1University of California, Irvine, 531 Rowland Hall, Irvine 92697 CA, USA
2University of Miami, RSMAS/MAC, 4600 Rickenbacker Causeway, Miami, 33149 FL, USA
3NASA Langley Research Center, Hampton, 23681 VA, USA
4Max Plank Institute, Atmospheric Chemistry Dept., Johannes-Joachim-Becherweg 27, 55128 Mainz, Germany
5Florida State University, Department of Meteorology, Tallahassee Florida 32306-4520, USA
6NCAR, 1850 Table Mesa Drive, Boulder, 80305 CO, USA
Abstract. We present results from the Intercontinental Chemical Transport Experiment – Phase B (INTEX-B) aircraft mission conducted in spring 2006. By analyzing the mixing ratios of volatile organic compounds (VOCs) measured during the second part of the field campaign, together with kinematic back trajectories, we were able to identify five plumes originating from China, four plumes from other Asian regions, and three plumes from the United States. To identify specific tracers for the different air masses we characterized their VOC composition and we compared their background levels with those obtained during the 2004 INTEX-A mission. The Chinese and other Asian air masses were significantly enhanced in carbonyl sulfide (OCS) and methyl chloride (CH3Cl), while all CFC replacement compounds were elevated in US plumes, particularly HFC-134a.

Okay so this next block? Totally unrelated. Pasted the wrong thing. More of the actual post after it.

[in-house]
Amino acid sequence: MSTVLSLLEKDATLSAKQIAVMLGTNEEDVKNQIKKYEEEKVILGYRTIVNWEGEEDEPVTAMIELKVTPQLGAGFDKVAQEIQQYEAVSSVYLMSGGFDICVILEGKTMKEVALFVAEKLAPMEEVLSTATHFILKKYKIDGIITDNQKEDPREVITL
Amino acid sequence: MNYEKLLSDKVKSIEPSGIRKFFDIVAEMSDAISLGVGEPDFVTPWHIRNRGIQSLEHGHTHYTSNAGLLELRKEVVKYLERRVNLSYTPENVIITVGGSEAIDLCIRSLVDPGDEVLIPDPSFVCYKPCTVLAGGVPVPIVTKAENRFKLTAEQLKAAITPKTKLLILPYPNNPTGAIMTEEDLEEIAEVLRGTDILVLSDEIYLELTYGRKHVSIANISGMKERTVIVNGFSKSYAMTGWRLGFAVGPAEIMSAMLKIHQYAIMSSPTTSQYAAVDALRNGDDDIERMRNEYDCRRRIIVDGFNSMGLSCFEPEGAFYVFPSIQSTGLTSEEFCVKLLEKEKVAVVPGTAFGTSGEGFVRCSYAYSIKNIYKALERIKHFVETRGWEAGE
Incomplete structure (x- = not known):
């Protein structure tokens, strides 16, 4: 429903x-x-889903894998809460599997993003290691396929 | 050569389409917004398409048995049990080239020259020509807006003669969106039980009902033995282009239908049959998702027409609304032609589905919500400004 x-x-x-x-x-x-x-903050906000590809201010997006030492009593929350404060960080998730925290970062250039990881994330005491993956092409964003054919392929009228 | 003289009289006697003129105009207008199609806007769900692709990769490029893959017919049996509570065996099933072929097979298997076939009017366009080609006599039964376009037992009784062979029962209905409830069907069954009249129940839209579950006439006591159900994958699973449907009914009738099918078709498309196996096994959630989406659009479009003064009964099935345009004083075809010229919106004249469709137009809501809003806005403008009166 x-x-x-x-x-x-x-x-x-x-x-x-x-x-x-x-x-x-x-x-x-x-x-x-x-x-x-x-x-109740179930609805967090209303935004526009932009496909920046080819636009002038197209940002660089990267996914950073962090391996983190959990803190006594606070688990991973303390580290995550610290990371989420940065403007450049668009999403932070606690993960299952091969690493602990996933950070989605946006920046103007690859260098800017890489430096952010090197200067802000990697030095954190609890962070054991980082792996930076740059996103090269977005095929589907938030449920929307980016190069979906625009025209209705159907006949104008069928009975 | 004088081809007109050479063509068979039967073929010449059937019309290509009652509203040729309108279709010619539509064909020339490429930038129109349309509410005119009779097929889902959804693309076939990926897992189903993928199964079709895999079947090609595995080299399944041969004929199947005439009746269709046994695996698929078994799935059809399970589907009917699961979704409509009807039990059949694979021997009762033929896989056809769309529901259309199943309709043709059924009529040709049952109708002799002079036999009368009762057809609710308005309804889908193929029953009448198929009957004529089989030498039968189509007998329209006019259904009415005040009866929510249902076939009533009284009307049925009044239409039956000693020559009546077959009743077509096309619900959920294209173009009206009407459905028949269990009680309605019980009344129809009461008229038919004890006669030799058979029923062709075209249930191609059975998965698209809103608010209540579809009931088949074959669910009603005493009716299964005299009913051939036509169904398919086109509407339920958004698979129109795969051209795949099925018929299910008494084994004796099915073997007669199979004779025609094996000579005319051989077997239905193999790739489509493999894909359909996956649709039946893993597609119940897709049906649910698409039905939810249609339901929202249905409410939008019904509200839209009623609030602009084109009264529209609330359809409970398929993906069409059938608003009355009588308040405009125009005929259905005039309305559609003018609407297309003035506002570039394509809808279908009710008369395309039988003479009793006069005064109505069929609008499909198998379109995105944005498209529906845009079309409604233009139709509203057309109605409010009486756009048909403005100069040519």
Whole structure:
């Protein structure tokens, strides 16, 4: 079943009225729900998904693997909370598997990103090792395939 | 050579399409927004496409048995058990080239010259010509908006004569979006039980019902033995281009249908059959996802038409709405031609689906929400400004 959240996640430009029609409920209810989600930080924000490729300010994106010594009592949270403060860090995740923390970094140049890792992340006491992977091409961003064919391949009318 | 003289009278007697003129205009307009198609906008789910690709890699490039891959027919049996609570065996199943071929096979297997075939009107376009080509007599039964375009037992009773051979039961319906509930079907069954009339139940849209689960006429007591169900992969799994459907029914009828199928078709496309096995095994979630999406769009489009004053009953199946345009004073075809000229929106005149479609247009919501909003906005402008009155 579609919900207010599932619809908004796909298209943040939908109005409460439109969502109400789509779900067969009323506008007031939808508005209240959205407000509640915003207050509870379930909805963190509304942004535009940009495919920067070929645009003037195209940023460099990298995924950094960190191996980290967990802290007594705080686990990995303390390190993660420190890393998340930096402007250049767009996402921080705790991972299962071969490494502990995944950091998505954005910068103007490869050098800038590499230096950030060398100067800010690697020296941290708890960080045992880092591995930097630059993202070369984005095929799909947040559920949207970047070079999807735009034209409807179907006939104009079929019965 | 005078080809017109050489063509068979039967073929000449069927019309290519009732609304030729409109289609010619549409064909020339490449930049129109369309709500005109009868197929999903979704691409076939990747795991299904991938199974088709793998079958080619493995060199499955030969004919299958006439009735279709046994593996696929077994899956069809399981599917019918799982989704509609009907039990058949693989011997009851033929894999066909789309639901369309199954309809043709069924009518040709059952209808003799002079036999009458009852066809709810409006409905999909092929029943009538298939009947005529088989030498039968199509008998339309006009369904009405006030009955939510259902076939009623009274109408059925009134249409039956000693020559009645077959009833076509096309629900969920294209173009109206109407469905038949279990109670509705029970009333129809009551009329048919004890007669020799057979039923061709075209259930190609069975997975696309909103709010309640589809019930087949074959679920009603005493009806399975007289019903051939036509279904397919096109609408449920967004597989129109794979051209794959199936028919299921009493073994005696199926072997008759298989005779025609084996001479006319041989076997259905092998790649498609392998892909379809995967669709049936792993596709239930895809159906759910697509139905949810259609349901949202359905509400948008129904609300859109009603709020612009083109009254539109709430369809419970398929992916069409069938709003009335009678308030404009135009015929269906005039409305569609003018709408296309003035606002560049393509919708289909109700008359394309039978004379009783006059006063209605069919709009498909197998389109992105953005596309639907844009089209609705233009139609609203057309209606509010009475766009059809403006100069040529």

Although elevated mixing ratios of Halon-1211 were measured in some Chinese plume samples, several measurements at background levels were also observed. After analyzing the VOC distribution and correlations within the Chinese pollution plumes and applying principal component analysis (PCA), we suggest the use of a suite of species, rather than a single gas, as specific tracers of Chinese air masses (namely OCS, CH3Cl, 1,2-dichloroethane, ethyl chloride, and Halon-1211). In an era of constantly changing halocarbon usage patterns, this suite of gases best reflects new emission characteristics from China.